50 Years of Umko 1966 - 2016 1966 - 2016 - Page 49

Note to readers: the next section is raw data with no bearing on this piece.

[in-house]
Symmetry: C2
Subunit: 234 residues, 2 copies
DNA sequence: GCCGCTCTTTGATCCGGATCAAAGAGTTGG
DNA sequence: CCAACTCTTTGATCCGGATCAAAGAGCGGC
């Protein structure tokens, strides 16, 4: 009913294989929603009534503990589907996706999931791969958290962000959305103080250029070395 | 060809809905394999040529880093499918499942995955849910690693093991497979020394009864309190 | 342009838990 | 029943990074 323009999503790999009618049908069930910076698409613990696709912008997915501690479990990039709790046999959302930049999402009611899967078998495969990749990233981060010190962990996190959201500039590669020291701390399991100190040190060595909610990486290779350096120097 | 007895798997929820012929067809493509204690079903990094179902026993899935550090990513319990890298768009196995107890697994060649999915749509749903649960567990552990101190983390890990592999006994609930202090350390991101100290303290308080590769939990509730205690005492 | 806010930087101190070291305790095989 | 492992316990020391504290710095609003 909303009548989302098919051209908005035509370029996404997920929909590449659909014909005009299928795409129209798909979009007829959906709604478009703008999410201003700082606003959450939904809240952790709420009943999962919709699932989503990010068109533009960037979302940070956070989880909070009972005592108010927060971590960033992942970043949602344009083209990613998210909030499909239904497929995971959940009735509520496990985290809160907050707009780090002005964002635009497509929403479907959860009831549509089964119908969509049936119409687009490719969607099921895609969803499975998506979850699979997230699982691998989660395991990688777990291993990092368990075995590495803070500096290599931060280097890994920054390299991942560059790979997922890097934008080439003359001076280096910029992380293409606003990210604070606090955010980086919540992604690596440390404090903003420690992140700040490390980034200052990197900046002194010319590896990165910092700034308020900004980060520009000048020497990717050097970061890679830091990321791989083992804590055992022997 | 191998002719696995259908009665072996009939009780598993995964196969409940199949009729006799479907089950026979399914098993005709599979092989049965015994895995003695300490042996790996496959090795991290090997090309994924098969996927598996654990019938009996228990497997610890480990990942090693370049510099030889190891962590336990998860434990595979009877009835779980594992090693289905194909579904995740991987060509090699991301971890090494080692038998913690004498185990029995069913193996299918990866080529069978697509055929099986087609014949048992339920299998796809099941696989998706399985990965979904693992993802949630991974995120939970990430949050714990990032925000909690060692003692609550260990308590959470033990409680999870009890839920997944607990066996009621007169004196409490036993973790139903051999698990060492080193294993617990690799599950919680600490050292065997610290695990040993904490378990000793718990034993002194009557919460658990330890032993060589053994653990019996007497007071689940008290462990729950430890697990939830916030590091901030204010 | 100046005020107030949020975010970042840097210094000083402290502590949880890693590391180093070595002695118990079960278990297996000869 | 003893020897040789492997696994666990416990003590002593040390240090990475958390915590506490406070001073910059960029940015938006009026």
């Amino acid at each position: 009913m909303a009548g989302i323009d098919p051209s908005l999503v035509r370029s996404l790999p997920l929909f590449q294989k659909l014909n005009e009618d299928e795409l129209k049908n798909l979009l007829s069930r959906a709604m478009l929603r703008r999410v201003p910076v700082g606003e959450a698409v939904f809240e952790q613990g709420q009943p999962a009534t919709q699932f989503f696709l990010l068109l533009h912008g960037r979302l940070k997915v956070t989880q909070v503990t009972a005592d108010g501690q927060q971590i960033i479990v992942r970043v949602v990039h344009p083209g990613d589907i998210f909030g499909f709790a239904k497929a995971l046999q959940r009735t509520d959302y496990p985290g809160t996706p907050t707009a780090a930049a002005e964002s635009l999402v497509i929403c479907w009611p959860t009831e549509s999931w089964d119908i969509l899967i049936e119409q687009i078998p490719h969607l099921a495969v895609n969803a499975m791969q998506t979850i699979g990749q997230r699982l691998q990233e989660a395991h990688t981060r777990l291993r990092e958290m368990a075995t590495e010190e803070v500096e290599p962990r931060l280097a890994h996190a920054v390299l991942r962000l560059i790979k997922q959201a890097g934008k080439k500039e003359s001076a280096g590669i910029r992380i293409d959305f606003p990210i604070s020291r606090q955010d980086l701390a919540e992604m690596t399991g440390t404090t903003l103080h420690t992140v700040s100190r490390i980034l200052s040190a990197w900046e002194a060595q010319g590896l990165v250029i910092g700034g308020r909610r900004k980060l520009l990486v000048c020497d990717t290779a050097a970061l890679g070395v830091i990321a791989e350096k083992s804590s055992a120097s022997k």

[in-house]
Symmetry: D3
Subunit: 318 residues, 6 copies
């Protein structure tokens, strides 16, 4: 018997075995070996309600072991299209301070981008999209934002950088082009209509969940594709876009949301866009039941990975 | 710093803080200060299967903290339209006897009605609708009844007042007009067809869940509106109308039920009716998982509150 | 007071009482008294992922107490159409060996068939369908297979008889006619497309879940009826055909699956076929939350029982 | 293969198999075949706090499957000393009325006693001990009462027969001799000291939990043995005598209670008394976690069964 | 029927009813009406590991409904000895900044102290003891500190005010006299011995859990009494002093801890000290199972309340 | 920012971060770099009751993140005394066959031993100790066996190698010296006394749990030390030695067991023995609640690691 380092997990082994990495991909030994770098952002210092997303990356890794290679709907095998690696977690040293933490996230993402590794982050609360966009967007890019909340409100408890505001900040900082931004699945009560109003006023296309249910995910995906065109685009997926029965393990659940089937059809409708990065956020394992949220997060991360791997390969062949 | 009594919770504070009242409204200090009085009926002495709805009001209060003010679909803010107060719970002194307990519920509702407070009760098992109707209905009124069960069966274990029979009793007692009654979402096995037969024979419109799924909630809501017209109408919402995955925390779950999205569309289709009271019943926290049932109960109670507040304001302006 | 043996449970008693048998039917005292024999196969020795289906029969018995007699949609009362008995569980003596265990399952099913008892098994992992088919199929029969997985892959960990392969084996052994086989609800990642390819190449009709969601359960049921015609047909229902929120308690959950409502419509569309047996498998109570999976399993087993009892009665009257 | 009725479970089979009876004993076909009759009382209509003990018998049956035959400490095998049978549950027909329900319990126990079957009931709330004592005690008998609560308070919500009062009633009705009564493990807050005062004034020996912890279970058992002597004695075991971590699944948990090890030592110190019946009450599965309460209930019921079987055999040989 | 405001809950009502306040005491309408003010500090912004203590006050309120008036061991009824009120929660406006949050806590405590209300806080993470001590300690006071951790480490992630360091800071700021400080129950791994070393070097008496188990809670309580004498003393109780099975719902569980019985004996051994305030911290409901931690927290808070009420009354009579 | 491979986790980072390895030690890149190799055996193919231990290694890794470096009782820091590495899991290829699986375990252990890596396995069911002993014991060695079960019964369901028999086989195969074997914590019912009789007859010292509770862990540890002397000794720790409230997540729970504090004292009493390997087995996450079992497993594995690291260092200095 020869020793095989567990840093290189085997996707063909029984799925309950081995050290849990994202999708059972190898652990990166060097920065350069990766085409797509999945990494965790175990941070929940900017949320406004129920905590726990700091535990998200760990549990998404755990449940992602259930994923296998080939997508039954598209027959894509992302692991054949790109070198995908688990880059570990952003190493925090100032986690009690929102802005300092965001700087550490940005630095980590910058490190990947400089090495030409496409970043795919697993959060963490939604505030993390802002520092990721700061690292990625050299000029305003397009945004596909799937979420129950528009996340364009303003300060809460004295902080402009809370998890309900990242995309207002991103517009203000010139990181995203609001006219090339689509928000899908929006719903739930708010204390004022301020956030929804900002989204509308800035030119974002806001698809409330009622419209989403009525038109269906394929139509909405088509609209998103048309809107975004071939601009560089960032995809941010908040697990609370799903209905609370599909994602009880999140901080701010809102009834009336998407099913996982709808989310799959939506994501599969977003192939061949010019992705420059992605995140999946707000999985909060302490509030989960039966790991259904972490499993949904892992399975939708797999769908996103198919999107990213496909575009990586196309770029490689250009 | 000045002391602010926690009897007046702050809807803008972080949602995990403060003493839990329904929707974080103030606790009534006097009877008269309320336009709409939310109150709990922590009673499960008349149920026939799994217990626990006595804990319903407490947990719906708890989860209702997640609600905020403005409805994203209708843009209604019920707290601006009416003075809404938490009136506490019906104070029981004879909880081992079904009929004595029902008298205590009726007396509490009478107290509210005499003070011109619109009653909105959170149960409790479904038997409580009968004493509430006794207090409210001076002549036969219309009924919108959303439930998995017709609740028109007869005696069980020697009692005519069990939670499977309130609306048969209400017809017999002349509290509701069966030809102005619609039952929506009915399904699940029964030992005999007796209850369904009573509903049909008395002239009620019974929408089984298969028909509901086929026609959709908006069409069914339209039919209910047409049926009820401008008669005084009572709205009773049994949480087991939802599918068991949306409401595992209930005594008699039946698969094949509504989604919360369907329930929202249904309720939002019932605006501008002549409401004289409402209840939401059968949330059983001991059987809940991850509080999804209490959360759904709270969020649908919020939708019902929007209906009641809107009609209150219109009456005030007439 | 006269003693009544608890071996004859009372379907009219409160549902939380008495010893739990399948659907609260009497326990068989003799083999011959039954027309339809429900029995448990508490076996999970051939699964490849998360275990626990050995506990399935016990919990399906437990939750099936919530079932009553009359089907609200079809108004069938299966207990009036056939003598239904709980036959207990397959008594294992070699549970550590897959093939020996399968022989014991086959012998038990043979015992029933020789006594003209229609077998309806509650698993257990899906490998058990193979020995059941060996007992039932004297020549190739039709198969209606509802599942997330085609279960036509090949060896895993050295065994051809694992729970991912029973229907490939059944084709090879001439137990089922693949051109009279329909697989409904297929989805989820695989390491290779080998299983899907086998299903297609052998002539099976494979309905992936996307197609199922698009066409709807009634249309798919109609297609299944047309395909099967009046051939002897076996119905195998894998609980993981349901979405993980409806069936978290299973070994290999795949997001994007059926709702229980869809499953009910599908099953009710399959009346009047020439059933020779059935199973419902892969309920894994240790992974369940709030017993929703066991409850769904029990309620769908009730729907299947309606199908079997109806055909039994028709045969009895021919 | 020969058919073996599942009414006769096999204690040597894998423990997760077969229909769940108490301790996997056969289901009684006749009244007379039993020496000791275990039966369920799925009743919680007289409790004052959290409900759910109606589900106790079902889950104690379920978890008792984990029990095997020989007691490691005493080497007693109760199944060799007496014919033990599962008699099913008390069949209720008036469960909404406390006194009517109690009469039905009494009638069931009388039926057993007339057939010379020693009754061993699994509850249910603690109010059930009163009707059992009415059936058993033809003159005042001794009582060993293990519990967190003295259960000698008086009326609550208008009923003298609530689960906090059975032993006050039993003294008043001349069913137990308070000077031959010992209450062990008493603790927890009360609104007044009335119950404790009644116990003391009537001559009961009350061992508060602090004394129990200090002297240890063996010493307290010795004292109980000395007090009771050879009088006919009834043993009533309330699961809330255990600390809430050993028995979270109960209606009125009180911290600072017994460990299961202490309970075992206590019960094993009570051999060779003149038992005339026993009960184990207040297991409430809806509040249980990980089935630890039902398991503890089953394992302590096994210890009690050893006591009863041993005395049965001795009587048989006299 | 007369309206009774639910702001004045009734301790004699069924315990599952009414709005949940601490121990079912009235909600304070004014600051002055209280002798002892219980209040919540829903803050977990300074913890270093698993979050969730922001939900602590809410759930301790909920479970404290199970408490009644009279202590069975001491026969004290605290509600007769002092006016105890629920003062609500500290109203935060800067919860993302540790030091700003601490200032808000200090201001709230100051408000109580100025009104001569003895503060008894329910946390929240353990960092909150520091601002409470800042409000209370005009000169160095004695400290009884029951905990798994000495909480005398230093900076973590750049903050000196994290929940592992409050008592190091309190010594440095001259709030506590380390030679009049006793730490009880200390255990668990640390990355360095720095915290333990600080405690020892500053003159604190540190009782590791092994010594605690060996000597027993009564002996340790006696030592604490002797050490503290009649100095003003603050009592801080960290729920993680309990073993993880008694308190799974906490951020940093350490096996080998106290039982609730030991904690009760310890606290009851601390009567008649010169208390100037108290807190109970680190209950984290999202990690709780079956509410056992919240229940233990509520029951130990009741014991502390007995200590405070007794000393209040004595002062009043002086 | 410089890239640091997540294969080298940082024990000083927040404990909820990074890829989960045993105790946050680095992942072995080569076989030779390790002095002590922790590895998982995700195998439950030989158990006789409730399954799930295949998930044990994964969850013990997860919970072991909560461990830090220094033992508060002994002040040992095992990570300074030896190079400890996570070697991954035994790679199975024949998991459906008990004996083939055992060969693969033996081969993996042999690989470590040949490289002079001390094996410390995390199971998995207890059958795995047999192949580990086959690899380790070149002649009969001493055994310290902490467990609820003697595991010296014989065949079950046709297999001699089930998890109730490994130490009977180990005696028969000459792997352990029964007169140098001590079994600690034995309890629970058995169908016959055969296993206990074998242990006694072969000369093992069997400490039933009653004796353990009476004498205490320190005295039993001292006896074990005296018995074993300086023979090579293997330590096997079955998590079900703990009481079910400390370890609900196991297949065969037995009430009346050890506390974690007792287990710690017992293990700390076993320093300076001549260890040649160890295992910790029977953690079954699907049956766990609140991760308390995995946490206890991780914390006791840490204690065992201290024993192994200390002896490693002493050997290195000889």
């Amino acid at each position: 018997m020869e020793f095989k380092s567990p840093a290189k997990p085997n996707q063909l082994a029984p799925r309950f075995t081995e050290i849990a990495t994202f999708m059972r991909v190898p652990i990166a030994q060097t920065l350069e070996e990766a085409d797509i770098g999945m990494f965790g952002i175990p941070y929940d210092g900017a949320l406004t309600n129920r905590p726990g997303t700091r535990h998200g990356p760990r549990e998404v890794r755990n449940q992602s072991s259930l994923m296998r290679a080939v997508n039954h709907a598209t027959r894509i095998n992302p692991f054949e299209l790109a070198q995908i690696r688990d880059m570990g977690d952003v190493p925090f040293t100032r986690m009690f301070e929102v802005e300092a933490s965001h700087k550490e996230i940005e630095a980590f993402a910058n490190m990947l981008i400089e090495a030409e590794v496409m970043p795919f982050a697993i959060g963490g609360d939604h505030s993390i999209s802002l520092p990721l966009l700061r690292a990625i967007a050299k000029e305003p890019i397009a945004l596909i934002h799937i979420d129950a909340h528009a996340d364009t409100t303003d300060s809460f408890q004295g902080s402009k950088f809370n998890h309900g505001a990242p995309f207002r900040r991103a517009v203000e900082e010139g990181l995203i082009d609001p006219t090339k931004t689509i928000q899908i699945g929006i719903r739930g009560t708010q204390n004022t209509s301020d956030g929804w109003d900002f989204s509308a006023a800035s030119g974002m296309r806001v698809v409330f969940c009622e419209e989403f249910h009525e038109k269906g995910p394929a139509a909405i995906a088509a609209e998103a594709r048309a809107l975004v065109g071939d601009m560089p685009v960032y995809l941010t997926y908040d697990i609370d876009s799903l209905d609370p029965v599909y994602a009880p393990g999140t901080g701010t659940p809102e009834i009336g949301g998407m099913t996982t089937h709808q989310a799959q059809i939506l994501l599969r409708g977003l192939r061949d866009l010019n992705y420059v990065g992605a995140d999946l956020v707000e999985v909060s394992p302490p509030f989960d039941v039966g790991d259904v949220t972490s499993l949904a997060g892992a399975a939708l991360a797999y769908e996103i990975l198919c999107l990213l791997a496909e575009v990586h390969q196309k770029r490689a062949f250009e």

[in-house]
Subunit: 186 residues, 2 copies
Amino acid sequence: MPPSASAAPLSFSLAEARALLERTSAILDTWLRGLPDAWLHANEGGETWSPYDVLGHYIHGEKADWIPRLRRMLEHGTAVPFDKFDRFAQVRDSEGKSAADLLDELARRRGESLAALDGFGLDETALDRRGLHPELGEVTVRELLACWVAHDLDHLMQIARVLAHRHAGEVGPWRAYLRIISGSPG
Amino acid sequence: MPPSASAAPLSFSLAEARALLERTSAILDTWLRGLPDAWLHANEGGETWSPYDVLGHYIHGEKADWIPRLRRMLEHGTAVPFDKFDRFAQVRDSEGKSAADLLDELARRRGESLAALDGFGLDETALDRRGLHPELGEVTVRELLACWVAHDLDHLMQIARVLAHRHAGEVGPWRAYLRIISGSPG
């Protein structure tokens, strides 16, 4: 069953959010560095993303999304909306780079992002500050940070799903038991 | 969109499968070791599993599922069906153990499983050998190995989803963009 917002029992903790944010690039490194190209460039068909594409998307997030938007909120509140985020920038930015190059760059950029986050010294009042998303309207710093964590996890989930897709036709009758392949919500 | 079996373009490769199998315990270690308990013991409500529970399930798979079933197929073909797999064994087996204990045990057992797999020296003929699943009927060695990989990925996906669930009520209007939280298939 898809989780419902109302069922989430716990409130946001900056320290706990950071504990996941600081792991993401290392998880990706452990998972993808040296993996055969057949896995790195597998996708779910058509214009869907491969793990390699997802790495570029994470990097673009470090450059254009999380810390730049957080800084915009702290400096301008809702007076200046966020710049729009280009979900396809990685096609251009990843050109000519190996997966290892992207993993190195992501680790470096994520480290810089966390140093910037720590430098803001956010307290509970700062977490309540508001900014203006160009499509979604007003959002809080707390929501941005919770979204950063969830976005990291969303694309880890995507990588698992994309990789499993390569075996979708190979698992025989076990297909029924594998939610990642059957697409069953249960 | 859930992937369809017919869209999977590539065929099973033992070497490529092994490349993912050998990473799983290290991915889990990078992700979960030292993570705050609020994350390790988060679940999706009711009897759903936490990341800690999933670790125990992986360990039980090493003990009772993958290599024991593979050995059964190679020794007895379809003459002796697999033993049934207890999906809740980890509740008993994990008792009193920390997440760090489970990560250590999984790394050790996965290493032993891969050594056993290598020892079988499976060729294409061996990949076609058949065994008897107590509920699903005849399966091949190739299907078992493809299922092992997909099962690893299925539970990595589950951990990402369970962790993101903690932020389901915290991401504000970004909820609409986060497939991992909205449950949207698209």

Why the Numbers? When this stretch of river was being pioneered in the 60s the number and frequency of big and biggish rapids made the allocation of specific names problematic. Some had original names - eg No.2 was called Tegwaans’ Nest Rapid - but when floods swept away the tree that held the big Hamerkop nest it joined the numbered rapids. No. 5&6 was called ‘The Esses’ because of the zig-zag course needed to negotiate it at certain levels. After a certain young paddler (who later became President of Canoeing SA) had several early canoeing career problems, swims and boat losses here it was also called “Robbie’s Special” by some, though not often by President Stewart himself! were well out of sight at that velocity of water. Over the falls we went, reorganised our spray covers which popped on impact and paddled around the first kink after the falls right up to Oscar and Lee who had just re-entered after portaging. After a wide-eyed double-take, they took off with us right behind them all the way to Gully. We followed them over “the drop” which is an option to the right of Gully, only to find them swimming through the rapid below where we narrowly avoided their mess. Oscar and Lee came home in a helicopter - their boat missing and never to be seen again. Colin Simpkins and Sean Rice passed us on the flat with one km to go. No prize for second place but Oscar’s expression had made it all worthwhile.” Tripping And Training Robbie Stewart: “I remember an occasion when we were tripping Hella Hella to No.8 and I dropped into a big hole in the approaches to No.1 and who should be at the bottom, upside down, but you Rowan (Rasmussen) in your pale blue slalom boat! I was convinced that I had killed you. We managed to get your boat (or what was left of it) to the side but there was no sign of you. I was surprisingly upset at the thought of losing my best mate and was thinking of how I was going to have to break the news to your Mom. Anyway you pitched up and luckily our driver had not left Hella Hella, so you did not have to walk all the way to No.8.” Rowan: “I remember that. I built that all-fibreglass slalom boat at your place and a visiting English paddler taught us how to Eskimo Roll in Natal Varsity pool. We must have been the very first Saffers to be able to roll. But that day, swallowed in the gnarly maw of No.1, new to the art of rolling and with the back three feet of the boat smashed off, I abandoned wreck.” Kingfisher Falls in High Water Kingfisher Falls - often simply referred to as The Waterfall - is usually portaged on the left. At high water levels an overflow channel runs around the left of the falls and paddlers have tried to negotiate this rare option (sometimes unknowingly) to avoid portaging the falls - usually unsuccessfully. Only one successful negotiation is on record: By Robbie Stewart and Rowan Rasmussen in the 1972 flood year. They got through with only one brief hop-out-and-push. The waterfall has been successfully shot in plastic tripping craft. In the very first marathon Ken and Barry Willan had thrown their sealed ski over the cliff, then jumped in to join it, clambering on in mid-stream! It is of course the scene of one famous accidental negotiation (as told in Chapter Seven). Less known is the fact that it has been deliberately shot in a race in a K2 - and successfully so! Tony Scotty Scott tells us: “The waterfall was normally portaged on the left. Another option was a narrow chute on the left of the falls which cut the 150m scramble in half. In one race Malcolm Hall and I were in second place by two minutes behind Oscar Chalupsky and Lee McGregor. Before the start of the day we managed to hitch a ride on the TV helicopter to check out the sneak chute. We decided it was a no-go because of a rock that was hard to miss. Standing on the rocks at the top of the falls I was stupid enough to suggest to Malcolm that the falls themselves might be shootable. I should have known that Malcolm’s answer to these kinds of questions was always the same “Down the Centre Mrs Venter”. We jumped in to see if there were any obstacles below the drop. There weren’t. “The next day we kicked off two minutes behind the leaders – who 49 The waterfall has been successfully shot in plastic tripping craft In the marathon one is allowed to portage any rapid, each paddler decides for himself whether he feels confident enough to shoot a rapid or not, but only within the wider river course. No overland portaging is permitted as a means to shorten the route or gain advantage, as you will remember the original aim of the Umko was to be a paddling race, all the way. and High water! The next chapter is dedicated to the highest year so far, the biggest flood in the forty nine year history of the race . . . UMKO 50 Years